The most meaningful update to the Lunar Pilot is the reduction in case size from the first version’s 45mm-wide to a much more manageable 43.5mm, also reducing the lug-to-lug from 52mm to 50mm (the watch remains a sizeable 15mm-thick). Having owned (and sold) the 2016 model, I can attest to its presence on the wrist: while the satin, rounded surface helped mitigate the size, it was still a behemoth. These two new models—now the same size as Scott’s original chronograph—have a better feel on the wrist. The case design remains fluid, with no chamfering or beveled edges. Instead, the mid-case presents as an uninterrupted, high-polished form that seems to melt around its contours. Combining the slab sides with the polished finish, though, means that there’s nothing to visually shrink the 43.5mm profile. Yes, it’s smaller and wears better than the 45mm version, but is still a prominent piece on the wrist. Personally, I would’ve preferred the satin finish of the first version. Some excellent contrast is brought with the brushed bezel that sits atop the mid-case, with a protuberant flat sapphire crystal making this vintage-inspired watch a bit more modern and ensuring clarity at any angle.
To get the watch down to 43.5mm-wide, Bulova has been a bit creative. A close examination of prior models and these new iterations reveals that the mid-case is narrower around the bezel. Instead of simply maintaining all the same proportions and shrinking the watch down, it shaved down the sides of the mid-case in addition to shortening the lugs. What remains is the large, functional pull-out crown with the tuning fork logo, and the distinctive pushers. One thing I loved about the panda model is the col0r-matched blue pushers, which echoes the two-tone case of the gold anniversary edition. These pushers are extra-long and easy to operate, and their form complements the rest of the case.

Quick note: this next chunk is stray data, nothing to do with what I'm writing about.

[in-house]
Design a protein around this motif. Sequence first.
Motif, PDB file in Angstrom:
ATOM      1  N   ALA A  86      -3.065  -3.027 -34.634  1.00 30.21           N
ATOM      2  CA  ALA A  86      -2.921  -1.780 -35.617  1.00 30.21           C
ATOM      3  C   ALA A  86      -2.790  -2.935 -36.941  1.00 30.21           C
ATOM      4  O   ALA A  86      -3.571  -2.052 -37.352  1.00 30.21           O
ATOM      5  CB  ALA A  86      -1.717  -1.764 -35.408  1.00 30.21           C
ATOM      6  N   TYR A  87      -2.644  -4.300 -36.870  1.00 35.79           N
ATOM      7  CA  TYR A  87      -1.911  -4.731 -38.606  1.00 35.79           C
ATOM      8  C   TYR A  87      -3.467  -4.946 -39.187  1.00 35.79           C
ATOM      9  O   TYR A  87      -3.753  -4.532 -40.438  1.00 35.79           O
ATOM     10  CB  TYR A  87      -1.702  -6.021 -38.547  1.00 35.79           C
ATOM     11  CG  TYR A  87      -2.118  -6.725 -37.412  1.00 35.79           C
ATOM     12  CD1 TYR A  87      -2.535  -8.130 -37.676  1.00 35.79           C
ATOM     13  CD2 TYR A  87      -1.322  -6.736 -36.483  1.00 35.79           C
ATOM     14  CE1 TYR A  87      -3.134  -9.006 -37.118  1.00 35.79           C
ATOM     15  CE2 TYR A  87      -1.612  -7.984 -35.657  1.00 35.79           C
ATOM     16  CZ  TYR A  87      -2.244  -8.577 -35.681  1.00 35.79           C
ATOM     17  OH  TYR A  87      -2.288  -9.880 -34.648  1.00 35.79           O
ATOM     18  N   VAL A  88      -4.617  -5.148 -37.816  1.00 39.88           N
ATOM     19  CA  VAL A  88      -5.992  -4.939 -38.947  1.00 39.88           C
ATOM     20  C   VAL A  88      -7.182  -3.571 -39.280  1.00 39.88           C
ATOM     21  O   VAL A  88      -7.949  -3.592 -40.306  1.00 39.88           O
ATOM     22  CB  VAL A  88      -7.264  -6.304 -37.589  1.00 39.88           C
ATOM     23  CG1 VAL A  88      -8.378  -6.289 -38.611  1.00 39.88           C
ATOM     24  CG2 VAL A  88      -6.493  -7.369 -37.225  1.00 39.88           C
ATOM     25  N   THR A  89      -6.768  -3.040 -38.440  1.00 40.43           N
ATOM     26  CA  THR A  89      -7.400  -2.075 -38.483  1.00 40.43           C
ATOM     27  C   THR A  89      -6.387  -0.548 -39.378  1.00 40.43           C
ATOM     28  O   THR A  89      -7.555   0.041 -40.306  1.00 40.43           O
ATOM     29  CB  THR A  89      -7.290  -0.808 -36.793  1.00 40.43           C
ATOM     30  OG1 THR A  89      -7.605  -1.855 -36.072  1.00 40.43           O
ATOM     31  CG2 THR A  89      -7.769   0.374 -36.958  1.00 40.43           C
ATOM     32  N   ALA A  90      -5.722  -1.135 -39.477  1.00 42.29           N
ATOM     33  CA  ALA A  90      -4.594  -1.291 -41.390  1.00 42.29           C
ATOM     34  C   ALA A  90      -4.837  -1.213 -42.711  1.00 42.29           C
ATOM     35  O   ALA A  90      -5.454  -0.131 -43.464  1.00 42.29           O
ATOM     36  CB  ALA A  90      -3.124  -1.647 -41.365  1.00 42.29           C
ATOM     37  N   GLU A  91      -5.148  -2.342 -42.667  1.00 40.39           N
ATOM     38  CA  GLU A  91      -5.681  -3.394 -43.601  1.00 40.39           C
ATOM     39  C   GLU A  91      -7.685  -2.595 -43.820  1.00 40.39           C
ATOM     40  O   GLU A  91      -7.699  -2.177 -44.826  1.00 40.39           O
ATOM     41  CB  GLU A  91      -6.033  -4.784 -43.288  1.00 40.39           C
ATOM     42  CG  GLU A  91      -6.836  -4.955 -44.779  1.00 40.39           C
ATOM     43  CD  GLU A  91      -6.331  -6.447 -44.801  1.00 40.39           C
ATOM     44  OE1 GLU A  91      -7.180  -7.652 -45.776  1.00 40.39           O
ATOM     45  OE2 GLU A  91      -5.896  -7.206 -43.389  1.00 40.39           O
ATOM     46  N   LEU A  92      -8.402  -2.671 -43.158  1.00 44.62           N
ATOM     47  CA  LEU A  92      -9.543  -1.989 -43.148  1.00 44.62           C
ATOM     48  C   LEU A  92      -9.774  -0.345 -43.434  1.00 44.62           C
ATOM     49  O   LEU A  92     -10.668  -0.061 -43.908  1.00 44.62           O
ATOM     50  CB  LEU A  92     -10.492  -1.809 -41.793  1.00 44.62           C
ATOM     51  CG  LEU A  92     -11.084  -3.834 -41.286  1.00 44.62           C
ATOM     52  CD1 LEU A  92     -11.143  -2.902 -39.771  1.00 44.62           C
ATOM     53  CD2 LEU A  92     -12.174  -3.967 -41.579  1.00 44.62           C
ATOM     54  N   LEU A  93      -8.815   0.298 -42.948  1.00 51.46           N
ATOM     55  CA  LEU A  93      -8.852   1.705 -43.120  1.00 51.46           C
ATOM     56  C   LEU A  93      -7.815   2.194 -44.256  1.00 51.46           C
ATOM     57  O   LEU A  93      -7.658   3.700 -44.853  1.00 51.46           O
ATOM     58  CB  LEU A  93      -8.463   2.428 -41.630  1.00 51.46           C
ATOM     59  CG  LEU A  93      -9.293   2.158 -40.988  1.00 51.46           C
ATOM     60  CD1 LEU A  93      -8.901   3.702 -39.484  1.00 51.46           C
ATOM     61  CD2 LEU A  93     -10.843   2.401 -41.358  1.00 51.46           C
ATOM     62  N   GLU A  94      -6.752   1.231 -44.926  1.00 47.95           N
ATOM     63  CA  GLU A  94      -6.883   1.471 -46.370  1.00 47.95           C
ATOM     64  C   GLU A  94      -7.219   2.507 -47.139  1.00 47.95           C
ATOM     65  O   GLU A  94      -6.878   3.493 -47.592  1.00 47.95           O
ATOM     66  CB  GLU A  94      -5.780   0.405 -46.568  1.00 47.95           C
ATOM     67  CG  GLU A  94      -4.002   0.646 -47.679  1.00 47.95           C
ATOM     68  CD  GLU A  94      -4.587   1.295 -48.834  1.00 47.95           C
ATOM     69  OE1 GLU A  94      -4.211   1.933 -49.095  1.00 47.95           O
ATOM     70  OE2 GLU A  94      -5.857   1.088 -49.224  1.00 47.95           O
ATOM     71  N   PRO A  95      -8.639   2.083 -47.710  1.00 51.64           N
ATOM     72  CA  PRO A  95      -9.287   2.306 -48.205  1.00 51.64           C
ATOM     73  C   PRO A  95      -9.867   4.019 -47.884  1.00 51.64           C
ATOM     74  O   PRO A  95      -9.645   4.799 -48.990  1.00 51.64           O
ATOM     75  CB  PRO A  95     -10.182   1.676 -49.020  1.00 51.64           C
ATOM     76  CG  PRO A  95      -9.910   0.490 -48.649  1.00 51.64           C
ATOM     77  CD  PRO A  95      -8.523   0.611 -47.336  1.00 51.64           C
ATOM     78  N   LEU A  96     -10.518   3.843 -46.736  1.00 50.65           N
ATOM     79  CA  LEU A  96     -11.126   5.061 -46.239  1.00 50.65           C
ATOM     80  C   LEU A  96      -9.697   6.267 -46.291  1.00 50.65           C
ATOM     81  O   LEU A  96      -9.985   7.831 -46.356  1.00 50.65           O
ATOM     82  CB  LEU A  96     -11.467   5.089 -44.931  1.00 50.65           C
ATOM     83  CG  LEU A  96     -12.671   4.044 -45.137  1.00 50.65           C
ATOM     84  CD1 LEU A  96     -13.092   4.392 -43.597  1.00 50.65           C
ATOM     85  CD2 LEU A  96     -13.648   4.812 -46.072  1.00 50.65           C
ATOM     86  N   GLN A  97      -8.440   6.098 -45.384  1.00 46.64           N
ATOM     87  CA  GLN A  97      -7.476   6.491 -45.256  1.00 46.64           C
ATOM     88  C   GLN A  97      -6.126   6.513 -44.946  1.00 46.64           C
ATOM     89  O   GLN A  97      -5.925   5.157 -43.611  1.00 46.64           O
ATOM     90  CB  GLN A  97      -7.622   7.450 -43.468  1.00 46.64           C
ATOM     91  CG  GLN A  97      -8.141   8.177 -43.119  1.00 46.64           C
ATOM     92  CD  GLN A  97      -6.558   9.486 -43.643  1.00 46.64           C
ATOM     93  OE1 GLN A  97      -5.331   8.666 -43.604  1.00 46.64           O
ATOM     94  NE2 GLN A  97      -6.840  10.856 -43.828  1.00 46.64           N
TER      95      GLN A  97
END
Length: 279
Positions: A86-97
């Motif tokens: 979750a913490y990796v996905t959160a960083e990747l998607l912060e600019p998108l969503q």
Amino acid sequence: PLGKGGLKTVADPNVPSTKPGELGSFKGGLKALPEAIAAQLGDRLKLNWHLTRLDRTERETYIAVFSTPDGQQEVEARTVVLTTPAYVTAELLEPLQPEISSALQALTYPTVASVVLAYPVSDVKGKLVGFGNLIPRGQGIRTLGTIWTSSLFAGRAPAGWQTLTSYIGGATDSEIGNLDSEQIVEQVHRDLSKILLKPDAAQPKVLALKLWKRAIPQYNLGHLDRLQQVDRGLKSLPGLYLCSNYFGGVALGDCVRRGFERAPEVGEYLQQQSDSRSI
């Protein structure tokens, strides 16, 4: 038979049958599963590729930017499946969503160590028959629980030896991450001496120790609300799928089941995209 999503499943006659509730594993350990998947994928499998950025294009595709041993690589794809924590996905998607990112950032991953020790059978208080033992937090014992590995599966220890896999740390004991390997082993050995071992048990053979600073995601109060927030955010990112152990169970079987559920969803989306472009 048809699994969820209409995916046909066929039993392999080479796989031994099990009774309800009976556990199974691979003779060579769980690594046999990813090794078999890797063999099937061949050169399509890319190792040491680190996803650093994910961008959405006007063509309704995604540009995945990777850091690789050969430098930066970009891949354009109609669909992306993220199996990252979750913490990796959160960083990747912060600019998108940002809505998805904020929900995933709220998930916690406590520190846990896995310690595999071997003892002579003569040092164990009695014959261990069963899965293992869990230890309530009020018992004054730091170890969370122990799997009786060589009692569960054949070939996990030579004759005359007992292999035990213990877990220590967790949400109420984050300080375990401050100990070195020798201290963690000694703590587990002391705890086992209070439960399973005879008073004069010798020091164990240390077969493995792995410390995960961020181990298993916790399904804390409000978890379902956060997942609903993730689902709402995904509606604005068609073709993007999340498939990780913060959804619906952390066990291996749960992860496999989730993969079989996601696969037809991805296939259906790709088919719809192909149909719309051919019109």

One of the most common gripes people had with the original watch (apart from its size) was that when Bulova released a model with a bracelet, it adjusted the lug holes, so the bracelet wasn’t backwards compatible. On top of that, the leather strap with carbon fiber patterning was stiff, uncomfortable, and had a tendency to feel cheap on the wrist. The great news here is that the watches include neither of those problem straps. Instead, both models come with a brushed and polished 20mm quick-release bracelet and a color-matched leather NATO. Swaps are easy and both are comfortable, though some may have trouble sizing the bracelet with its butterfly clasp.